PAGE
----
Let Me Tell You How You Feel...

It's strange how we humans can be so different and so similar, all at the same time. I'm continually amazed at how often I find someone with whom I seem to agree on nearly everything, who then surprises me by saying or doing something completely, inexplicably identical to something a member of a group we both oppose would do. I'm even more amazed by how often I am forced to applaud someone to whom I'm completely ideologically opposed, because they did or said something with which I am completely in agreement.

Of late, I've been noticing a huge problem with communication. I'd like to say it's those silly supernaturalists, too dumb or misguided to really understand the debate, or something like that, but it isn't. Or rather, it isn't just! I see it as much or more among supposedly 'skeptical' or 'rational' folk as I do among believers, and it's utter death to mutual understanding.

It's the question of feelings. More accurately, it's the problem of denying someone else's right to feel the way they do.

We all have feelings, and they are a major component of our identities. They have unconscious sources within us, and they aren't rational or controllable. They just are. It's true that too often, we act on them without thinking things through first, and that's a very bad thing, but it's just as true that if we act without considering them, we ultimately find ourselves conflicted and unhappy. So why should that be any different in our consideration of other people?

My wife and I are in the midst of the BIG TALK® about babies. Since I'm an engineer, I am compelled to mercilessly research every potential failure mode in a proposal, and the biggest one I've found is my own utter unpreparedness for the psychological aspects of raising a child. So, I've been reading. One of the most interesting things I've found is that many of the bits of wisdom in dealing with your children seem to revolve around the idea that you have to acknowledge and accept your child's feelings, regardless of whether they make any sense. If a child tells you they feel sad about something ridiculous, the proper response is apparently "I'm so sorry you are sad.", rather than "No you don't, and here are all the reasons that it's silly."

The idea is that taking away someone's feelings is always interpreted as an attack, as it's a criticism of a deep part of themselves that they really are not responsible for. It's no different than telling a gay person that they aren't really gay, or a believer that they don't really believe. If you try to take away a person's identity, they will *always* react defensively, and shut down communications.

I see this everywhere nowadays. The religious apologist who tells unbelievers that they are really just angry at god, or that they really just want to sin. The atheist who tells believers that they are really just afraid of facing the truth, or that they really don't believe what they claim to. The radical feminist who tells men who disagree with her that they really just want to dominate deep down, and that they can't understand her position until they "check their privilege", or tells women who disagree with her that they really only do so because they've been "brainwashed by the patriarchy". Republicans really just want to institute theocracy. Democrats really just want to abandon personal responsibility and never require anyone to work again. Libertarians really just want to live in anarchy.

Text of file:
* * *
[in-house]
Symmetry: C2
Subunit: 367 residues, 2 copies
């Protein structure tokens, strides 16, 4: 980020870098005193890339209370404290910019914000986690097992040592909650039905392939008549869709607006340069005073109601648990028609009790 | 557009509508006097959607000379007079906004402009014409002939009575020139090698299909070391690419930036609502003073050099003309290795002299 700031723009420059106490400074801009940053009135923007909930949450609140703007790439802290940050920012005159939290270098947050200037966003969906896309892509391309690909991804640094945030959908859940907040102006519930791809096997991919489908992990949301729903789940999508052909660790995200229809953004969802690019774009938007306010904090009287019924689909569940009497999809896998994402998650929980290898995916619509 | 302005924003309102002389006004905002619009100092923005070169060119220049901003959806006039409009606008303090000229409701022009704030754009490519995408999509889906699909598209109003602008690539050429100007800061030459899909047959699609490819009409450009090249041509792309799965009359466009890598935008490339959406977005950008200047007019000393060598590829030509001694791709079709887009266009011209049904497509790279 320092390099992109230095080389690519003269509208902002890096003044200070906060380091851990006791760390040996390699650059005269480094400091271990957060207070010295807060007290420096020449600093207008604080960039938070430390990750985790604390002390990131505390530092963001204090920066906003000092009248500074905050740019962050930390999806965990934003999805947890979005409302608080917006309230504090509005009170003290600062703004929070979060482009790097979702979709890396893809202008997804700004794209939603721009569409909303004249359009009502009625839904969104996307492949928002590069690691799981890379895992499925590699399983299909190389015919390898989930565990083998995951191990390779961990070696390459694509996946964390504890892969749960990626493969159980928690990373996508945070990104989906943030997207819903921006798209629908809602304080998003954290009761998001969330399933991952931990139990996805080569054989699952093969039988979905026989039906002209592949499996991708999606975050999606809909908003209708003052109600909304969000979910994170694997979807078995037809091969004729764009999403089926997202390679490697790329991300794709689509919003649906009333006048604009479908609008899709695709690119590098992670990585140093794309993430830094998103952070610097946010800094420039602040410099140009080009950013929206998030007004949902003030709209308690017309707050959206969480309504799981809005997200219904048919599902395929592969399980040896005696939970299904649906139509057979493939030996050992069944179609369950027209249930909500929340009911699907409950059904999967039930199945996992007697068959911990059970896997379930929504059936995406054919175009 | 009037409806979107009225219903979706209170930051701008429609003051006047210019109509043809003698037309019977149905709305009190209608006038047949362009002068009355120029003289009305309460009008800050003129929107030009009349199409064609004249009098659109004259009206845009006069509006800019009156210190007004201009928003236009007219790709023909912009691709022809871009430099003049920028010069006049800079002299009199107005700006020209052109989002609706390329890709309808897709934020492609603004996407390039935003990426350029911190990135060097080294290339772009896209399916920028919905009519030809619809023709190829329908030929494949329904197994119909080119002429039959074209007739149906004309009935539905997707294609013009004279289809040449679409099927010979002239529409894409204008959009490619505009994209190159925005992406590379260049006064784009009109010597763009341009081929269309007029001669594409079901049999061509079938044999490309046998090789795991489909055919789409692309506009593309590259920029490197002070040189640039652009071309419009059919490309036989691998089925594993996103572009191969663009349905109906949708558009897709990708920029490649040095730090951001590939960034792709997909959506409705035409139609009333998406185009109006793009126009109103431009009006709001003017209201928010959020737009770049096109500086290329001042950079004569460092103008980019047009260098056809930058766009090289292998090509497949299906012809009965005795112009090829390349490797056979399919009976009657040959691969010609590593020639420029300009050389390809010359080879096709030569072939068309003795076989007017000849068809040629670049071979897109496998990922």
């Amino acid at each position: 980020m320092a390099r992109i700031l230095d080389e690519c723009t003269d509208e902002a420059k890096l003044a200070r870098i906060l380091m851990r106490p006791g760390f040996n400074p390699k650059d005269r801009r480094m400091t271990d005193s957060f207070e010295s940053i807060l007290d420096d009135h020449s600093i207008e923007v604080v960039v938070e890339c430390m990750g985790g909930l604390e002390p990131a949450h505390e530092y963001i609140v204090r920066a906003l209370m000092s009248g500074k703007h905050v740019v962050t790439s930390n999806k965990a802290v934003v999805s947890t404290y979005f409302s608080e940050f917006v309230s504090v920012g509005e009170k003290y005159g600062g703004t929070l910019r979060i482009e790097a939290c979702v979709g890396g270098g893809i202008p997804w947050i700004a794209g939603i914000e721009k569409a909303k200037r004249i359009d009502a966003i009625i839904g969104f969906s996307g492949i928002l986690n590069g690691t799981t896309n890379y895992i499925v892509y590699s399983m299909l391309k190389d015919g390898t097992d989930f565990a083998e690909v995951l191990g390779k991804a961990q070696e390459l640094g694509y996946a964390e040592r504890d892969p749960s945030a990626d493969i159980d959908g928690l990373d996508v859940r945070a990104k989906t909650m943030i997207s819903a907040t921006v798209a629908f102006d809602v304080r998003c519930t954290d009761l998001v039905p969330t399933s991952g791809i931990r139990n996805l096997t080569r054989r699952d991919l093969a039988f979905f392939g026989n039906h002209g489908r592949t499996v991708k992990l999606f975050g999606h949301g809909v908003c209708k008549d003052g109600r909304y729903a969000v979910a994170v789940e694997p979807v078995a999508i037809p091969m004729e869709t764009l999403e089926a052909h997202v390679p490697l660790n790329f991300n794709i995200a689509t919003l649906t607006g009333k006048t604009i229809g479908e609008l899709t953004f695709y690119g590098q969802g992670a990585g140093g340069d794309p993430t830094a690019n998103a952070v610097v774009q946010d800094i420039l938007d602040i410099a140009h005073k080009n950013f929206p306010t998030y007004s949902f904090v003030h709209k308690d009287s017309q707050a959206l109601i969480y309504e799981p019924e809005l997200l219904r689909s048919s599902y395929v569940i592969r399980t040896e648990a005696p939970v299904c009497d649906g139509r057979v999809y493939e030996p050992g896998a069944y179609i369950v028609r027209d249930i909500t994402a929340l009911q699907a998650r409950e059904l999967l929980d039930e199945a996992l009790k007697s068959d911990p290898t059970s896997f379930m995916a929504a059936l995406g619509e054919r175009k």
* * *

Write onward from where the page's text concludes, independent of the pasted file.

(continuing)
Most reasonable people understand that a personal attack is never an effective way to persuade. I just don't think most people get that telling someone else what they feel or believe is a personal attack. If we want to make actual progress, we need to start accepting one-another's feelings when trying to communicate our side of a discussion. A person's position may be invalid, but their feelings never are!

Logic is great! Attack arguments all you want. Accept no position unless it's true to your conscience. However, the moment you question motives, or project feelings onto someone else, you have instantly closed the door to further communication.

Just think about it, folks....

About the Author

Despite a decade of Catholic school, I have never been a believer. I guess I was just born without the gene! Nevertheless, I've always tried to explore others' ideas and practices, on the theory that just because you can't use one part of a product, it doesn't mean you have to throw the whole thing away.
 
I spent over a decade traveling the world, and I've lived in both Europe and the US. I've read the Bible, the Bhagavad Gita, and the Koran. I've studied engineering, yoga, martial arts, shooting sports, and ballroom dancing. What I've discovered is that a) spirituality is just a spooky sounding word for any of a number of methods for learning about yourself and your mind, and b) whatever word you use, doing so is the single most important thing in learning to be happy.
 
My blog, The Passionate Rationalist (http://www.societyofreason.com/devoutrationalist) is dedicated to my thoughts both on gaining self-knowledge and using your mind to eliminate misunderstanding and delusion.